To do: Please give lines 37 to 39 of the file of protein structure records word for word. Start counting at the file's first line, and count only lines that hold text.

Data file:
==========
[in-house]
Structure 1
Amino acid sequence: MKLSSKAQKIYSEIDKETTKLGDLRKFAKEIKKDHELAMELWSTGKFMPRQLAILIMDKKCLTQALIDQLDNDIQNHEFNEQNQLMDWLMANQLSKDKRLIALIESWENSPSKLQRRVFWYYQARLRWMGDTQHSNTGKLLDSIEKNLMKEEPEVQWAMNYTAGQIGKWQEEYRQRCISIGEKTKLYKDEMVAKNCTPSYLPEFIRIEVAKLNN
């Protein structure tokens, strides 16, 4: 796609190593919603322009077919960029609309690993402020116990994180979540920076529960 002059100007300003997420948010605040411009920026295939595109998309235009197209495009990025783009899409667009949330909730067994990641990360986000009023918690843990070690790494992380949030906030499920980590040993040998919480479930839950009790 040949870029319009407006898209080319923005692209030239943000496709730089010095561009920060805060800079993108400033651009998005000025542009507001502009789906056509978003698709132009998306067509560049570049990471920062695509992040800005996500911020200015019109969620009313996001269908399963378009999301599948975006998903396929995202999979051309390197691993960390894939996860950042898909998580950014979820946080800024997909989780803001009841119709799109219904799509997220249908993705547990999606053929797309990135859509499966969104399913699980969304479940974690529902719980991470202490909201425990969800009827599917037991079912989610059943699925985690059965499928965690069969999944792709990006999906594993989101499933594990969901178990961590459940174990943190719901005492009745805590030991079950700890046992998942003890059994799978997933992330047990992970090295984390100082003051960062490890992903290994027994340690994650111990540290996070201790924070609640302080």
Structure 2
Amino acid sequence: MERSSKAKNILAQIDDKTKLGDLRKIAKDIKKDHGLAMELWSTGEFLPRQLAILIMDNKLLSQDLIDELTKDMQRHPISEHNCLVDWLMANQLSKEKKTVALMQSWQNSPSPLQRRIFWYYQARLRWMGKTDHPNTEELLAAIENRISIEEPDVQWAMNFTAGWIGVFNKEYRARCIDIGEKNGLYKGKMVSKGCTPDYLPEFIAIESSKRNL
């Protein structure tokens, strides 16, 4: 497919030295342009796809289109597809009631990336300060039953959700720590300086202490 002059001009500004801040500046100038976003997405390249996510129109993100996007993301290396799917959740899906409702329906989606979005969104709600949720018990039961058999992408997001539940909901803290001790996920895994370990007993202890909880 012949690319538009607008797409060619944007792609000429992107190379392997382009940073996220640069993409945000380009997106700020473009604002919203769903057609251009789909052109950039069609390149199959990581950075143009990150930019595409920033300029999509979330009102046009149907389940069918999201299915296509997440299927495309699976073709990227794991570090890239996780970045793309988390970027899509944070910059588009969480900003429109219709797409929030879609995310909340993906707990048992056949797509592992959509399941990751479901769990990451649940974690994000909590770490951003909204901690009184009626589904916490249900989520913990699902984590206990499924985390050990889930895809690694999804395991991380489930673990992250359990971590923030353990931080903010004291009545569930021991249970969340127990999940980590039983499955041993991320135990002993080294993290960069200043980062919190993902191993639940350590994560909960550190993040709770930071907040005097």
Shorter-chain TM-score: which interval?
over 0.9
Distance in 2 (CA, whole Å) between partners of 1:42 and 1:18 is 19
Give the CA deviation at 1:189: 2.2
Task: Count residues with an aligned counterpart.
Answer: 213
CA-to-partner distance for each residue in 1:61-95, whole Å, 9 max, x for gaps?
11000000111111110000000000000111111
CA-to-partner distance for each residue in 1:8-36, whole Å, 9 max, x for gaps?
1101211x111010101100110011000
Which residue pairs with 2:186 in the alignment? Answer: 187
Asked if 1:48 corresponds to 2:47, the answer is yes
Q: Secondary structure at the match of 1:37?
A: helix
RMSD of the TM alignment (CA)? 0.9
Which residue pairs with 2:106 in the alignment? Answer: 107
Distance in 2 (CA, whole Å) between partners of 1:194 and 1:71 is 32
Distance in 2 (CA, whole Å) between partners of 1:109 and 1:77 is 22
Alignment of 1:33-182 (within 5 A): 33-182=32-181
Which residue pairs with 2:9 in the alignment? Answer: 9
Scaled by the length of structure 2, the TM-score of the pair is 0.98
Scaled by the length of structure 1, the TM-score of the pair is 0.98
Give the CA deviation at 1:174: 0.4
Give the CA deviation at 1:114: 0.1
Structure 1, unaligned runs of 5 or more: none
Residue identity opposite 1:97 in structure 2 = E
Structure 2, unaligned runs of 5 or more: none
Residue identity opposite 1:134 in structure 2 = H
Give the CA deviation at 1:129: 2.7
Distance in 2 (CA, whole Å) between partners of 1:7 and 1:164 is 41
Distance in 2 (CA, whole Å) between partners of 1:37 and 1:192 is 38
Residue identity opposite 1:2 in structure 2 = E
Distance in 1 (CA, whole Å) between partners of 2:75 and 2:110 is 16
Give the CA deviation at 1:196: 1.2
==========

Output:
Distance in 2 (CA, whole Å) between partners of 1:7 and 1:164 is 41
Distance in 2 (CA, whole Å) between partners of 1:37 and 1:192 is 38
Residue identity opposite 1:2 in structure 2 = E